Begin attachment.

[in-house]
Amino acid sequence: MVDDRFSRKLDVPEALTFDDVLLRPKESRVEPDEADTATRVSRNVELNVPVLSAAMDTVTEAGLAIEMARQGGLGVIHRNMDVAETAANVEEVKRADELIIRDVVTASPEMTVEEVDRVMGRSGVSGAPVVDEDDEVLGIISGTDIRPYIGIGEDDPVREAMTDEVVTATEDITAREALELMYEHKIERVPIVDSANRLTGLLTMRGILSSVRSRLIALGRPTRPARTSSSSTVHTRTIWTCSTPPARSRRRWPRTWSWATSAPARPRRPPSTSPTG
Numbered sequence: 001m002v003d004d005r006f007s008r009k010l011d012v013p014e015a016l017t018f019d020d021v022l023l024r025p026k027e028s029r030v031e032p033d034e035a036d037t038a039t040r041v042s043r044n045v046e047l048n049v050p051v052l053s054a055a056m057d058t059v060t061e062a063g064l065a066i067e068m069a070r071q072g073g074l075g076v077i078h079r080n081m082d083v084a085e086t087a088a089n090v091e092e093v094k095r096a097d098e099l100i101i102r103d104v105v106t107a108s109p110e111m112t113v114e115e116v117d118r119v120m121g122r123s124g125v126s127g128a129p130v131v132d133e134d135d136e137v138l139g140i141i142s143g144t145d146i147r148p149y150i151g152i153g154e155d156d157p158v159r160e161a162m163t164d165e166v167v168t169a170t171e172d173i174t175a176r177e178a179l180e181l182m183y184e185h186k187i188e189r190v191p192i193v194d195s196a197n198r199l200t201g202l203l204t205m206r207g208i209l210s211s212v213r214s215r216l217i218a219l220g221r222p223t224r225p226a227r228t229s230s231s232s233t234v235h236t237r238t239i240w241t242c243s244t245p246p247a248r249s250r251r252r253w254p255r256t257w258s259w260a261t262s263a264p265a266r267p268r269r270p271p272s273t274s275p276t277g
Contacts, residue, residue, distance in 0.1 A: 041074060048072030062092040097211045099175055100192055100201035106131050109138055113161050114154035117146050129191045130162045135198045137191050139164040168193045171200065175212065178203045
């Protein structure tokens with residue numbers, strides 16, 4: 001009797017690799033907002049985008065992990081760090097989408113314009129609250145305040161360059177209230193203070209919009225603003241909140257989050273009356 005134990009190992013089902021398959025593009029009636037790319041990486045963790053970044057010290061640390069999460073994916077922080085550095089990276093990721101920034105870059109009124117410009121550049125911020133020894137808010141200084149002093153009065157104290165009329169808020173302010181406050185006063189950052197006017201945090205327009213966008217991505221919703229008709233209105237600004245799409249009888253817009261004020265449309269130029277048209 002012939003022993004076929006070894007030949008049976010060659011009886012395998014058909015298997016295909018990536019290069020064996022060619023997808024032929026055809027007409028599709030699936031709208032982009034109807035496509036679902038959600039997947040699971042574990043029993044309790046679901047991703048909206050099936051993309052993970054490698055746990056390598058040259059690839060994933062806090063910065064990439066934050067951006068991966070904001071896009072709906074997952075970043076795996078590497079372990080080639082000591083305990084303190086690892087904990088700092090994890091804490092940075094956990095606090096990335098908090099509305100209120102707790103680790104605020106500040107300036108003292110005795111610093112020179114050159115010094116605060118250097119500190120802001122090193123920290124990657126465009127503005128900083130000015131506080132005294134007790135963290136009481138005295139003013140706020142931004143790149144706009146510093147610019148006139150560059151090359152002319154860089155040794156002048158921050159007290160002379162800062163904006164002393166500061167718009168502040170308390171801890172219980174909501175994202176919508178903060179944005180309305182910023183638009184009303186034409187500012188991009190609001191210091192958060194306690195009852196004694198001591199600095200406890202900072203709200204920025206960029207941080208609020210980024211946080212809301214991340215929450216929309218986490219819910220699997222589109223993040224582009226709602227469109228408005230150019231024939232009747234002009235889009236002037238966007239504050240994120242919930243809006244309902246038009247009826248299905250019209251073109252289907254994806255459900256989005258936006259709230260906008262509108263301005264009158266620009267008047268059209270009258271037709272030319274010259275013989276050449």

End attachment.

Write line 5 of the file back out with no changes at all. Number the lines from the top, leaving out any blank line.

């Protein structure tokens with residue numbers, strides 16, 4: 001009797017690799033907002049985008065992990081760090097989408113314009129609250145305040161360059177209230193203070209919009225603003241909140257989050273009356 005134990009190992013089902021398959025593009029009636037790319041990486045963790053970044057010290061640390069999460073994916077922080085550095089990276093990721101920034105870059109009124117410009121550049125911020133020894137808010141200084149002093153009065157104290165009329169808020173302010181406050185006063189950052197006017201945090205327009213966008217991505221919703229008709233209105237600004245799409249009888253817009261004020265449309269130029277048209 002012939003022993004076929006070894007030949008049976010060659011009886012395998014058909015298997016295909018990536019290069020064996022060619023997808024032929026055809027007409028599709030699936031709208032982009034109807035496509036679902038959600039997947040699971042574990043029993044309790046679901047991703048909206050099936051993309052993970054490698055746990056390598058040259059690839060994933062806090063910065064990439066934050067951006068991966070904001071896009072709906074997952075970043076795996078590497079372990080080639082000591083305990084303190086690892087904990088700092090994890091804490092940075094956990095606090096990335098908090099509305100209120102707790103680790104605020106500040107300036108003292110005795111610093112020179114050159115010094116605060118250097119500190120802001122090193123920290124990657126465009127503005128900083130000015131506080132005294134007790135963290136009481138005295139003013140706020142931004143790149144706009146510093147610019148006139150560059151090359152002319154860089155040794156002048158921050159007290160002379162800062163904006164002393166500061167718009168502040170308390171801890172219980174909501175994202176919508178903060179944005180309305182910023183638009184009303186034409187500012188991009190609001191210091192958060194306690195009852196004694198001591199600095200406890202900072203709200204920025206960029207941080208609020210980024211946080212809301214991340215929450216929309218986490219819910220699997222589109223993040224582009226709602227469109228408005230150019231024939232009747234002009235889009236002037238966007239504050240994120242919930243809006244309902246038009247009826248299905250019209251073109252289907254994806255459900256989005258936006259709230260906008262509108263301005264009158266620009267008047268059209270009258271037709272030319274010259275013989276050449």